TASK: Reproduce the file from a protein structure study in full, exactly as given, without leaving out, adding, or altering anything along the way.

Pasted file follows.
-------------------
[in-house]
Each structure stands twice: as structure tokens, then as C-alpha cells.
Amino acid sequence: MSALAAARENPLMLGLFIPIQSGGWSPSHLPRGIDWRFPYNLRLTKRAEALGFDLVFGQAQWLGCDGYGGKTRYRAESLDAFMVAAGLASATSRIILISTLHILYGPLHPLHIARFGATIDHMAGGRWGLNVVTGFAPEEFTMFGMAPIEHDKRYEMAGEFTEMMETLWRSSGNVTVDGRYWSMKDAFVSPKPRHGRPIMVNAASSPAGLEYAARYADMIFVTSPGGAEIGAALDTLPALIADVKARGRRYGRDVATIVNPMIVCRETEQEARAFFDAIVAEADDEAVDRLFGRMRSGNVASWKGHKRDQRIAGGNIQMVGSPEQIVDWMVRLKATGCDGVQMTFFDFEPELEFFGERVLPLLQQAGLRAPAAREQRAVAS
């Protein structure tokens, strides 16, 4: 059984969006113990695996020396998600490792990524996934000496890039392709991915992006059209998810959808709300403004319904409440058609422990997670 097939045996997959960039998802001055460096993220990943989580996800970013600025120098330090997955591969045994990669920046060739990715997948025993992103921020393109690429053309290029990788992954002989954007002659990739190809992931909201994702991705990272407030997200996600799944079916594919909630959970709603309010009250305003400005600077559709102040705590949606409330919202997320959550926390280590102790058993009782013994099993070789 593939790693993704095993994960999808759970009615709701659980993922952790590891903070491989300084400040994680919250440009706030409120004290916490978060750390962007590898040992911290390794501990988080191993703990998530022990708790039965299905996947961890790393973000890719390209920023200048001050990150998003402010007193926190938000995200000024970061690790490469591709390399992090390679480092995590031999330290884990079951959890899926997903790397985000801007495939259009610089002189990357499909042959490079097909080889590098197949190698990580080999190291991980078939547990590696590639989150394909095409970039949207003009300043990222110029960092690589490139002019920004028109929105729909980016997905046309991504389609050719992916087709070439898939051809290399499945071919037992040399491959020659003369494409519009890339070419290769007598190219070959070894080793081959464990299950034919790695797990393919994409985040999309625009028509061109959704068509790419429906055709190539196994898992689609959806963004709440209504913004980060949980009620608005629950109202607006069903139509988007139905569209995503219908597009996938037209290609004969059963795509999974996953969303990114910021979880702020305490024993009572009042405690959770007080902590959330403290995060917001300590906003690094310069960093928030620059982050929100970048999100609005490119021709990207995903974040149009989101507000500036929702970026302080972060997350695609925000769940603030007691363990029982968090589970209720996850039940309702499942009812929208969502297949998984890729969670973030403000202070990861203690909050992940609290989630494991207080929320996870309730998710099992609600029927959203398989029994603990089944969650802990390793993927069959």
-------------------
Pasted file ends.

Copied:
[in-house]
Each structure stands twice: as structure tokens, then as C-alpha cells.
Amino acid sequence: MSALAAARENPLMLGLFIPIQSGGWSPSHLPRGIDWRFPYNLRLTKRAEALGFDLVFGQAQWLGCDGYGGKTRYRAESLDAFMVAAGLASATSRIILISTLHILYGPLHPLHIARFGATIDHMAGGRWGLNVVTGFAPEEFTMFGMAPIEHDKRYEMAGEFTEMMETLWRSSGNVTVDGRYWSMKDAFVSPKPRHGRPIMVNAASSPAGLEYAARYADMIFVTSPGGAEIGAALDTLPALIADVKARGRRYGRDVATIVNPMIVCRETEQEARAFFDAIVAEADDEAVDRLFGRMRSGNVASWKGHKRDQRIAGGNIQMVGSPEQIVDWMVRLKATGCDGVQMTFFDFEPELEFFGERVLPLLQQAGLRAPAAREQRAVAS
């Protein structure tokens, strides 16, 4: 059984969006113990695996020396998600490792990524996934000496890039392709991915992006059209998810959808709300403004319904409440058609422990997670 097939045996997959960039998802001055460096993220990943989580996800970013600025120098330090997955591969045994990669920046060739990715997948025993992103921020393109690429053309290029990788992954002989954007002659990739190809992931909201994702991705990272407030997200996600799944079916594919909630959970709603309010009250305003400005600077559709102040705590949606409330919202997320959550926390280590102790058993009782013994099993070789 593939790693993704095993994960999808759970009615709701659980993922952790590891903070491989300084400040994680919250440009706030409120004290916490978060750390962007590898040992911290390794501990988080191993703990998530022990708790039965299905996947961890790393973000890719390209920023200048001050990150998003402010007193926190938000995200000024970061690790490469591709390399992090390679480092995590031999330290884990079951959890899926997903790397985000801007495939259009610089002189990357499909042959490079097909080889590098197949190698990580080999190291991980078939547990590696590639989150394909095409970039949207003009300043990222110029960092690589490139002019920004028109929105729909980016997905046309991504389609050719992916087709070439898939051809290399499945071919037992040399491959020659003369494409519009890339070419290769007598190219070959070894080793081959464990299950034919790695797990393919994409985040999309625009028509061109959704068509790419429906055709190539196994898992689609959806963004709440209504913004980060949980009620608005629950109202607006069903139509988007139905569209995503219908597009996938037209290609004969059963795509999974996953969303990114910021979880702020305490024993009572009042405690959770007080902590959330403290995060917001300590906003690094310069960093928030620059982050929100970048999100609005490119021709990207995903974040149009989101507000500036929702970026302080972060997350695609925000769940603030007691363990029982968090589970209720996850039940309702499942009812929208969502297949998984890729969670973030403000202070990861203690909050992940609290989630494991207080929320996870309730998710099992609600029927959203398989029994603990089944969650802990390793993927069959």